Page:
If you are like me then you are always researching the latest products to make your life easier as a mom. Having just recently had my second baby, I was on the hunt for any product to make breastfeeding easier. I knew I would be chasing a toddler this time around. That’s when I stumbled upon article after article about silicone breast “pumps.”
They were EVERYWHERE. So, I did some research and decided I would buy one and try it out. I bought a brand that was a bit cheaper than the name brand Haakaa I had read about. Many of the reviews had said both brands worked well but I decided to try out the Bumblebee.
So, what are silicone breast pumps?
First of all I had no idea that you could use these products as a ‘pump.’ Most of the articles that I read marketed these as ‘milk collectors.’ (Which you can totally use them for, especially if you are an over producer or leaker). But they are in fact pumps. Not in traditional sense ,these will by no means be as efficient as your electric pump but they are pumps.
These types of pumps use natural suction pressure to ‘pump milk.‘ It’s all hands free once your milk is flowing.
How to use it
It’s super easy to use one of these:
- First, flip up the cone shaped opening back.
- Then, squeeze the pump at the base.
- Place nipple in the opening and release the pump creating a suction.
- Finally, simply flip the opening back onto your breast.
- Voilà! You are now hands free pumping.
A few helpful tips:
- you might want to try and hand express some milk to get a letdown before placing the pump on.
- using the pump on one side and nursing on the other can help achieve let down and get a stead flow of milk.
- squeezing the middle of the base will get you the strongest suction, for less suction squeeze higher on the bottle.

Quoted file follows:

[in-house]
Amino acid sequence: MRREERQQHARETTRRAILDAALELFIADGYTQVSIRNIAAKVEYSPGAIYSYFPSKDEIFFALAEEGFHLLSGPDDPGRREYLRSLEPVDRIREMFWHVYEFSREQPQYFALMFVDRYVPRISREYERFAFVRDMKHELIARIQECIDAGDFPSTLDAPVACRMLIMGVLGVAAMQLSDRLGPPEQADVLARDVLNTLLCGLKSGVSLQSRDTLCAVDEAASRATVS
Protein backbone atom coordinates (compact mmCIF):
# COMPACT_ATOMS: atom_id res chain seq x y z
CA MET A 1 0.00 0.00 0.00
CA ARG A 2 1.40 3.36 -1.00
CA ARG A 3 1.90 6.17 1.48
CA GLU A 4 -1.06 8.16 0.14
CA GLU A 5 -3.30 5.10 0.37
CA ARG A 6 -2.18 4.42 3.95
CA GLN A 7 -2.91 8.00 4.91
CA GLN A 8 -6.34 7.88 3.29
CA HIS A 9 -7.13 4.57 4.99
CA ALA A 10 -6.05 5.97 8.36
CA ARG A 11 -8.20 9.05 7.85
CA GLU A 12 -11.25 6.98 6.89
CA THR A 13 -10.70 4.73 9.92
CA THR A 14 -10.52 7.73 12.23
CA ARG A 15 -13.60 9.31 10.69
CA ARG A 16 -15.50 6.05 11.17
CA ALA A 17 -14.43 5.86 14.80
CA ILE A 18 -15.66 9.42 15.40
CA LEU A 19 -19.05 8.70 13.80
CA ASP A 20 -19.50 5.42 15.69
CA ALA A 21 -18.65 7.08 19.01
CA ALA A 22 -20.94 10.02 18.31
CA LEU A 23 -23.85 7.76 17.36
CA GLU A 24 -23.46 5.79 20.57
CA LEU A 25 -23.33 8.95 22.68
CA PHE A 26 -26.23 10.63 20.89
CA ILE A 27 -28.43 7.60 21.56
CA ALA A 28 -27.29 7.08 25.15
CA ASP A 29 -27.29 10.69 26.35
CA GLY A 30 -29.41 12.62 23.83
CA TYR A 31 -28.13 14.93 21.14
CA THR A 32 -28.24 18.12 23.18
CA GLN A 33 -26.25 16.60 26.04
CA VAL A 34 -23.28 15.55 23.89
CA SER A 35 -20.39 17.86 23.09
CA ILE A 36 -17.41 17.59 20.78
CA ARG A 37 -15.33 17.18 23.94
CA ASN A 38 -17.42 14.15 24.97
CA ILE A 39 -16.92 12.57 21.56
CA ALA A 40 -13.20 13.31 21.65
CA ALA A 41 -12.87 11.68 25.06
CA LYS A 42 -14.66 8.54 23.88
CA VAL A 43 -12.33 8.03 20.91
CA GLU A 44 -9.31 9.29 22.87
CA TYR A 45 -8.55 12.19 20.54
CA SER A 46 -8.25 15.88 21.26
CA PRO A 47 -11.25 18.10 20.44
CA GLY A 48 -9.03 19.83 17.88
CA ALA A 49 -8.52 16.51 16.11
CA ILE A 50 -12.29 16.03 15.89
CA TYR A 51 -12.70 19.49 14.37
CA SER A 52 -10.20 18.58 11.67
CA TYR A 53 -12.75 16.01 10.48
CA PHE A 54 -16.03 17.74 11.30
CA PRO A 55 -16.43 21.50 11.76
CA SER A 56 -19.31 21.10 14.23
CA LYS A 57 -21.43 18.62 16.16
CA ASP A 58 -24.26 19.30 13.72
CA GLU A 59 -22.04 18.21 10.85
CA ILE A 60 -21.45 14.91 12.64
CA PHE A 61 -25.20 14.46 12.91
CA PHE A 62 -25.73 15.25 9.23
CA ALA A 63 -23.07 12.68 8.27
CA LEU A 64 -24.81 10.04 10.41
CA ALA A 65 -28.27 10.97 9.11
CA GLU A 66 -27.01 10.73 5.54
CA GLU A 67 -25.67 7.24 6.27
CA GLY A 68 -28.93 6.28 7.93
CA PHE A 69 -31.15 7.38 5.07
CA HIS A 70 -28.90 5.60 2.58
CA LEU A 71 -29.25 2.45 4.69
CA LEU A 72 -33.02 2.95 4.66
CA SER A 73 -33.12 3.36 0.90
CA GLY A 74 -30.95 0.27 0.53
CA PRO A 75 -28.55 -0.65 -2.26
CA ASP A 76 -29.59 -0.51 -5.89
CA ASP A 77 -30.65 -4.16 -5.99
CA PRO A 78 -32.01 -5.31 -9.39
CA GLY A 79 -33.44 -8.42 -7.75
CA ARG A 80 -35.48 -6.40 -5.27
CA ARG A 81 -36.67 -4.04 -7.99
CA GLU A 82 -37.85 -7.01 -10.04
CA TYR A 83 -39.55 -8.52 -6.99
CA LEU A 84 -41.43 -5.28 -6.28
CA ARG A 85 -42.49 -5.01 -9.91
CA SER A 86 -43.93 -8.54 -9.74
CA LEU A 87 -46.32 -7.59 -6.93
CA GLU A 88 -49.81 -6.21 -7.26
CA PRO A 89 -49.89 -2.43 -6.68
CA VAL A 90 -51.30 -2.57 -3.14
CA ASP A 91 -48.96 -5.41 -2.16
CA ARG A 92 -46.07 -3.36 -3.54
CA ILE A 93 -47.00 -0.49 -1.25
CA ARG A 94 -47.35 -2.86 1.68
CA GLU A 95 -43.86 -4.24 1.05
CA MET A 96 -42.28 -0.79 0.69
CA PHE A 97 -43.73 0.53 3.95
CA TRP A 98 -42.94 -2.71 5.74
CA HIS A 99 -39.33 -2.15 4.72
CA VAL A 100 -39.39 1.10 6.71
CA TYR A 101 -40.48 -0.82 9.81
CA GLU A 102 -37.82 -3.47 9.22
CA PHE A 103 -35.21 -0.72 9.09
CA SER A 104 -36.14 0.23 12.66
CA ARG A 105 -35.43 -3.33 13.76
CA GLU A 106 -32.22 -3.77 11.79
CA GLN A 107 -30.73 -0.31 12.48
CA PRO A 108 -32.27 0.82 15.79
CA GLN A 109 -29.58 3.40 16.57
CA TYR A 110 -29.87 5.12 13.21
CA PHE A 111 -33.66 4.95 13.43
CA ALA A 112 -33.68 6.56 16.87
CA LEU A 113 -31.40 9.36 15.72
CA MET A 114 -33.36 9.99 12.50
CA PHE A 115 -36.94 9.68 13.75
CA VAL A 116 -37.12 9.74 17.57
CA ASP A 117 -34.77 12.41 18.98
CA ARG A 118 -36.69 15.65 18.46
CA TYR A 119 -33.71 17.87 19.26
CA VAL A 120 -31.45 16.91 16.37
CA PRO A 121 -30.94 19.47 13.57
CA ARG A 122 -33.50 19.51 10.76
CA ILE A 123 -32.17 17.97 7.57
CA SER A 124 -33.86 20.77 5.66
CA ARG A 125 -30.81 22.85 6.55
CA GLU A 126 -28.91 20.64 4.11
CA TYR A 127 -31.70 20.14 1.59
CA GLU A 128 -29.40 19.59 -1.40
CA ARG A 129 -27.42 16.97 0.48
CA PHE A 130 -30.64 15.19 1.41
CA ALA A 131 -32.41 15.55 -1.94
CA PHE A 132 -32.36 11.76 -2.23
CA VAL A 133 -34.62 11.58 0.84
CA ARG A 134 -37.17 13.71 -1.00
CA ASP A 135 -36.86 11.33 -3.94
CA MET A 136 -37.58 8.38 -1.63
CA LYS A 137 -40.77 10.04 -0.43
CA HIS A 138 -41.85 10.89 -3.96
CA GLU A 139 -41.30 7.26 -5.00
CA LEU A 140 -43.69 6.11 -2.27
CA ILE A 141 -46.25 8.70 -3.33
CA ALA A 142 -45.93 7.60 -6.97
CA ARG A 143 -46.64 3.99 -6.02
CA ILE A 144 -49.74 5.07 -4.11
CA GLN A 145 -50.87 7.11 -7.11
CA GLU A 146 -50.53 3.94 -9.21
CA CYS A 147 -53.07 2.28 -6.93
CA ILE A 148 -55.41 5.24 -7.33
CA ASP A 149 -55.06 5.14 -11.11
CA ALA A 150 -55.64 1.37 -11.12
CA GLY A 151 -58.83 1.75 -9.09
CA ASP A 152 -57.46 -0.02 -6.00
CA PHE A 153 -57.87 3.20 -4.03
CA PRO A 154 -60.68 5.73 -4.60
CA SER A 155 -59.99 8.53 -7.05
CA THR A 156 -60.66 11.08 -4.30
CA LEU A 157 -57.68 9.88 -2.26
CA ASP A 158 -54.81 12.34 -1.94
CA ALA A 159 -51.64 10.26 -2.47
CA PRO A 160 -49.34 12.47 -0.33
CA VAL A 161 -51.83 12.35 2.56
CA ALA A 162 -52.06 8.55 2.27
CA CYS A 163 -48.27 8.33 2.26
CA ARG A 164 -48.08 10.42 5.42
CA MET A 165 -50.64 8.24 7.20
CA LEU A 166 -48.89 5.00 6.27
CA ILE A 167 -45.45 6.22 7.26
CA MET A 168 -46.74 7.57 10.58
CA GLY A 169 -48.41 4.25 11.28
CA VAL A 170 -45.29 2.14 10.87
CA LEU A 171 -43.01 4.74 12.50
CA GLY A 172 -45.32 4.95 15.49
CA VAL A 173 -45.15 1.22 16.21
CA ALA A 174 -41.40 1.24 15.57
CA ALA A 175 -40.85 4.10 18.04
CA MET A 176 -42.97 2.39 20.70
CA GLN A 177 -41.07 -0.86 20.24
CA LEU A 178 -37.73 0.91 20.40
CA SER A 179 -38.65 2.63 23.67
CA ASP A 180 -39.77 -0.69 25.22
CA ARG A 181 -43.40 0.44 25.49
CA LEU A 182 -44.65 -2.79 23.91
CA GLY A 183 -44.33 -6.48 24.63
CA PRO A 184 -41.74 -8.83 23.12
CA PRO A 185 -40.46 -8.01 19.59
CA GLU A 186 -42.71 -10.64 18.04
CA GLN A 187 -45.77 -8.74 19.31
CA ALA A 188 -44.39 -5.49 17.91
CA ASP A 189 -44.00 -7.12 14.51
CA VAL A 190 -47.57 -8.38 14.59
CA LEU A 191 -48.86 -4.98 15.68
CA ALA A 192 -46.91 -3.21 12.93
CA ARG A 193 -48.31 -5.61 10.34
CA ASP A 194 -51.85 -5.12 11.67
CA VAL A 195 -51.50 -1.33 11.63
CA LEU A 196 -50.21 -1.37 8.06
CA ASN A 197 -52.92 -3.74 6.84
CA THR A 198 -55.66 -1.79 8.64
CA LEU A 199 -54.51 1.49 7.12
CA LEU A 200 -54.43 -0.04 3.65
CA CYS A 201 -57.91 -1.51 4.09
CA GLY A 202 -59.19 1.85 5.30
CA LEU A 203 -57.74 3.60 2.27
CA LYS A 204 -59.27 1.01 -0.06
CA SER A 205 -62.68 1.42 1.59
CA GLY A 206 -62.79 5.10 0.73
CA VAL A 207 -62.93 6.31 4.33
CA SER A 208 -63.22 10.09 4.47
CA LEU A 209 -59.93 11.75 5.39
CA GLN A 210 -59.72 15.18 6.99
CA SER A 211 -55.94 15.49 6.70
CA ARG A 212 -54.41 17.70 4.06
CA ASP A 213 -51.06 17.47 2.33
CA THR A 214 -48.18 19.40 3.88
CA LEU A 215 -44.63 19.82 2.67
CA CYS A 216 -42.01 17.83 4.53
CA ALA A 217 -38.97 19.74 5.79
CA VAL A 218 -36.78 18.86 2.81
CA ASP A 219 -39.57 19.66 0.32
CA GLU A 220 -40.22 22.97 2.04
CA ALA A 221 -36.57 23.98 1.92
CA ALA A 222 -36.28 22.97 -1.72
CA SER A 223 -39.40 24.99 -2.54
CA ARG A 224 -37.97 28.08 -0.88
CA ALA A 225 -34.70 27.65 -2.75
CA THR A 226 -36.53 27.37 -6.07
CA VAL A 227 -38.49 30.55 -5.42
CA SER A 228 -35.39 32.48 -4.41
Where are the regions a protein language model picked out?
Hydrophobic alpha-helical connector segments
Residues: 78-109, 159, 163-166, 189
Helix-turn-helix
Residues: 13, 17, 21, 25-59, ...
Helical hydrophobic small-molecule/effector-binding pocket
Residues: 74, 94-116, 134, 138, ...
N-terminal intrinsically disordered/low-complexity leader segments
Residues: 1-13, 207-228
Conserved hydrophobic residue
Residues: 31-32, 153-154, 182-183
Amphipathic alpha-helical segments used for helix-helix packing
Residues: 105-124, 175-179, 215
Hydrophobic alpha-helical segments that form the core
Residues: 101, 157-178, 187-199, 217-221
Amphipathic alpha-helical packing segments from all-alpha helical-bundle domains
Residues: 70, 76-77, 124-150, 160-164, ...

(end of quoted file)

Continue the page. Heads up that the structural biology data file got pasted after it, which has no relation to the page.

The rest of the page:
- using nipple cream makes for a more comfy fit especially if you have dry skin like me.
Once let down is achieved either by nursing on the opposite side or by hand expression you simply just leave it on for the feeding or until your milk stops flowing. It’s so simple!
Why use one
These pumps are amazing! They can be great for a wide range of reasons. So, why would you use one…
- if you are an over producer and don’t want to waste precious milk (it’s liquid gold every drop is worth collecting).
- if you get engorged easily. These are great for keeping in the diaper bag and using to pump on the go to release pressure from a missed feeding or if you are away from your baby.
- if you want to build a stash of milk. I read you can collect any where from a few drops to 4 oz a session. ( I normally can collect 2oz). By collecting small amounts at each feeding you could build a stash a little at a time and have milk frozen for others to feed baby.
- if you want to increase your supply a bit. As you probably know, breastfeeding is supply and demand. So, if you use the pump on the breast you’re not nursing on, your body will continue to make that amount of milk if you are using it consistently.
If you are nursing or are planning on nursing in the future then you NEED to have one of these!
I have been using mine for a little under 3 months now and oh. my. gosh! In the beginning it helped me collect milk
I was leaking. But my favorite thing about these pumps are how much milk I could pump WITHOUT being attached to my electric pump. IT gave me the freedom to pop this on, nurse my babe and chase my toddler if I needed to.
I highly suggest you invest in one if you are a nursing mom my ONLY “con” which could be a pro for some is, watch how often you use it. I started to produce WAY more milk than my little guy needed because I was using it every session. If you need to increase your supply this may be a pro for you. If your supply is normal then I would limit your use to once or twice a day so it doesn’t interfere with how much milk you are producing.
Let me know in the comments your experiencing if you have used one of these.